Rethinking in a recession: The rise of subscription models

For those of us who have a love-hate relationship with Pret A Manger – love the food and drink, hate the realisation of how much you’ve spent with them – the latest news that the coffee and food-to-go chain is starting a subscription service is of interest. Members can get drinks up to five times a day for £20 a month and Pret can secure a guaranteed income.

This comes as a direct response to the effect COVID-19 has had on Pret’s revenue. At Edit, we expected brands to turn to subscriptions when the recession hit. But, given the additional effects of the pandemic, how successful should we expect subscription services to be?

Spending on subscriptions

According to research from, the average Brit now spends £55 a month on subscriptions and more than half of Brits have three or more monthly subscriptions on the go. Many probably couldn’t imagine their life without Netflix, Amazon Prime or, particularly in lockdown, recipe boxes such as HelloFresh. Subscriptions are convenient, they can help to reduce mental load by removing the need to make purchasing decisions – they’re easy and can be enjoyable.

There are also many reasons why subscriptions benefit both customers and businesses over and above a one-time purchase. Many subscription services offer the chance for a free or heavily discounted trial period, giving the customer the opportunity to see if the product is right for them and giving businesses potential leads to nurture through to lifetime members.

For items that no one enjoys buying – I’m looking at you, toilet paper – it’s easy for subscriptions to demonstrate the clear value they add by delivering necessities frequently and can lead to customers sticking with one brand for longer thanks to convenience. In times of prosperity, the “set and forget” mindset makes subscriptions attractive.

How the recession affects subscriptions

But recessions can disrupt this way of thinking. The search terms ‘cancel subscription’ and ‘cancel direct debit’ saw a noticeable spike in the first few weeks of lockdown, where it became clear how severe the economic effects of coronavirus could be in the UK. Customers were not only searching for how to pause or cancel memberships that they could no longer use, such as gyms, but were also weighing up whether the ones they could still use were worth it.

This highlights the inherent opportunity cost with subscriptions in recessions. As a customer, do I forego the ease of a weekly recipe box for the money saved by popping to Lidl? Would the money I spend on beauty boxes and wine be better spent as a direct debit straight into my savings account?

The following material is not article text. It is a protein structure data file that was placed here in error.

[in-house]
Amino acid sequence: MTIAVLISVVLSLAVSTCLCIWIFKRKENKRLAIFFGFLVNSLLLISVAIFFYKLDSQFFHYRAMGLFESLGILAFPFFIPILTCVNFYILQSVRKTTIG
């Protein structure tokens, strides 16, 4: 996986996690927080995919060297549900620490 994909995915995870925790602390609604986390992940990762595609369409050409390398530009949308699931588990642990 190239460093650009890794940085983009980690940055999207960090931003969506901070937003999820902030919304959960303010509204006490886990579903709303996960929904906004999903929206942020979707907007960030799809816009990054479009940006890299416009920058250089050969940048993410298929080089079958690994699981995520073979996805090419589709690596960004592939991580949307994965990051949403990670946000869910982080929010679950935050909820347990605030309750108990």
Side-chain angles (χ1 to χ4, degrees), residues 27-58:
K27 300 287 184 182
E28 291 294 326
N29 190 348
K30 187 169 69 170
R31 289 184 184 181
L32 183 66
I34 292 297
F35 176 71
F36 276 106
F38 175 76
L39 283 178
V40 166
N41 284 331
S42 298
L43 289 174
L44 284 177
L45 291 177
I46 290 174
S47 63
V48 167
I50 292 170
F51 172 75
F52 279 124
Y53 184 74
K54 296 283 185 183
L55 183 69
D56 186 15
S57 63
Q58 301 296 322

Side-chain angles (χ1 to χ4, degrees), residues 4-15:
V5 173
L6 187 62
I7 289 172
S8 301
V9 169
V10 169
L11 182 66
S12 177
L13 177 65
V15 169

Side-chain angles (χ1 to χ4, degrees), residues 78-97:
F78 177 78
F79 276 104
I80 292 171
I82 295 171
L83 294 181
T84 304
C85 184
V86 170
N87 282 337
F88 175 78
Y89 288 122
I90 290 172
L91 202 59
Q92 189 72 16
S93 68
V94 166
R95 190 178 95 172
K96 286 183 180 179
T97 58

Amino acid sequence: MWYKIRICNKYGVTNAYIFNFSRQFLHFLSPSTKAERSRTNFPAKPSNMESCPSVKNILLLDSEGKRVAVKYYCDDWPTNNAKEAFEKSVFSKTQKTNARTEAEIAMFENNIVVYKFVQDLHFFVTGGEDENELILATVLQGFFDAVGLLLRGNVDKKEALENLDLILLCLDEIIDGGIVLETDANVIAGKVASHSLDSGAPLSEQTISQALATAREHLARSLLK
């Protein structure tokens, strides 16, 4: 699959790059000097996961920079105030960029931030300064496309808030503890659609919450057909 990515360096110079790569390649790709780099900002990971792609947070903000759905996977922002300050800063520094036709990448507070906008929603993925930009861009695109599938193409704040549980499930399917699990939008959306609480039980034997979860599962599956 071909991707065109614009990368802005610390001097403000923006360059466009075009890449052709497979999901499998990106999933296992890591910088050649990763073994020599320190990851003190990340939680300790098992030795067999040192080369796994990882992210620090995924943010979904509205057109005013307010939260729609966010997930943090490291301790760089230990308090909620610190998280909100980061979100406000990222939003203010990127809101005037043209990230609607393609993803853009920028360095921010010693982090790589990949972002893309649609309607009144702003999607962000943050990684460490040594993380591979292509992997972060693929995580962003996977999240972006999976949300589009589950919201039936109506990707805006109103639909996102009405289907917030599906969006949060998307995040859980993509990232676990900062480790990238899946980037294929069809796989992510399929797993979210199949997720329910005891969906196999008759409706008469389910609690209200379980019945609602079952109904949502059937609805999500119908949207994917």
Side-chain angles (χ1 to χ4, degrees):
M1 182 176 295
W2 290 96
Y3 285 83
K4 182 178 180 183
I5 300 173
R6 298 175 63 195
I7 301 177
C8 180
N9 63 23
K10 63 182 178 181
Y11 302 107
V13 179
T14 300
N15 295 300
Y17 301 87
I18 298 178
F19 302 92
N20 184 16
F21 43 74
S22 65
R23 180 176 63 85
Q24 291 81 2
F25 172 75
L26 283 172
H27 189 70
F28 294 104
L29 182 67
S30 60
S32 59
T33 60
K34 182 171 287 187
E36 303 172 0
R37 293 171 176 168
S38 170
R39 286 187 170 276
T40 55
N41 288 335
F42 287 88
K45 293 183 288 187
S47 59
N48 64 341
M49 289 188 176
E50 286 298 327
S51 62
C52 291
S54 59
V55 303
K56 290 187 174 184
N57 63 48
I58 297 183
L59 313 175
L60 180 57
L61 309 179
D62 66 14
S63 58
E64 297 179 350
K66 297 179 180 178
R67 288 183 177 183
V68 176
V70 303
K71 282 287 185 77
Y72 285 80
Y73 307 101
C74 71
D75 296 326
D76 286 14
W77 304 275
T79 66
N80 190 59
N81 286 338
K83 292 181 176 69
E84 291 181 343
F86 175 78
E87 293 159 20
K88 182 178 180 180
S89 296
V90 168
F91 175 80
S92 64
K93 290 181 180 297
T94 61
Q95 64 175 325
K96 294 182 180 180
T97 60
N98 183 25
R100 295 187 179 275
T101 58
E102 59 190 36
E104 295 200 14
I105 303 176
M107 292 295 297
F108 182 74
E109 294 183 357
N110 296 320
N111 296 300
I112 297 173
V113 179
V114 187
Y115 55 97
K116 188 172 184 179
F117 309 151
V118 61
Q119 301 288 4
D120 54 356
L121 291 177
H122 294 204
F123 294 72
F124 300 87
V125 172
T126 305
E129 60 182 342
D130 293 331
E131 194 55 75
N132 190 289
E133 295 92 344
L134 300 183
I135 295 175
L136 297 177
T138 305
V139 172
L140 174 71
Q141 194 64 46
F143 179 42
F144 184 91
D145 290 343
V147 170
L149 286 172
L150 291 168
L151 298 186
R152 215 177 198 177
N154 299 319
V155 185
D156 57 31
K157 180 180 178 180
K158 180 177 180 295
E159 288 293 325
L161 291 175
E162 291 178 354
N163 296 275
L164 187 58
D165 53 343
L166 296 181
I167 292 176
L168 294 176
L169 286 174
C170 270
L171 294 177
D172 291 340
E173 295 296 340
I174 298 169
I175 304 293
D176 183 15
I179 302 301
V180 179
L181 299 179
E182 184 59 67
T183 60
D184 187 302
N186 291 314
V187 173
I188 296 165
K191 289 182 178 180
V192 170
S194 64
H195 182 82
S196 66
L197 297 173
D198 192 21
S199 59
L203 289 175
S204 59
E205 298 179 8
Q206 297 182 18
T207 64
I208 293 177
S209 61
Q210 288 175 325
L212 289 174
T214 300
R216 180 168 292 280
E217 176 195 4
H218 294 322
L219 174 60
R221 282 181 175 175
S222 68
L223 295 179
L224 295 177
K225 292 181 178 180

How to stand out: strong CRM

And this is where businesses without a strong CRM strategy begin to crumble. In a recession, and particularly in one that goes hand-in-hand with a global pandemic, customers scrutinise their money and the businesses that take it. Here are some questions to ask to help reduce the likelihood of customers ending their relationship with your brand:

  • Why should people buy from you?

Something has gone wrong if customers are asking why they bought something from you in the first place. Ensure that the key reasons for buying are prominent on your website and advertising. Consider adding them to your packaging or invoices so that the customer is given a reminder when receiving their product.

  • Are customers aware of everything you do?

The more features of a subscription membership there are, the more likely it is that your customers don’t know about them all. Analyse the features that are used the least and test communications that put them front and centre. If you already speak about them a lot and they’re still not used, ask yourself whether that feature is really necessary and consider replacing with something more useful.

  • Do customers know you care?

Have you thanked your customers for continuing to purchase with you? Showing you value their business by offering something extra, or even just sending a heartfelt note, can work wonders for brand sentiment. You can also find ways to understand what a customer’s reasons for purchasing from you are. For example, if you offer a product that is more sustainable and environmentally-conscious than your competitors, and your research indicates this is a key value for your customer, use your communications to demonstrate that alignment.

Recessions inevitably come with casualties. In some cases, there is nothing a brand can say or do to prevent losing a customer that has lost their job or needs to decrease their outgoings drastically. At times like these, brands need to find their heart. Making it difficult for someone to leave their subscription or sending aggressive emails about paying up will do nothing for your brand’s reputation. Look into options for pausing accounts for a couple of months, and consider your customer service strategy for those in challenging situations. Treat them well; they may come back to you when things are on the up.

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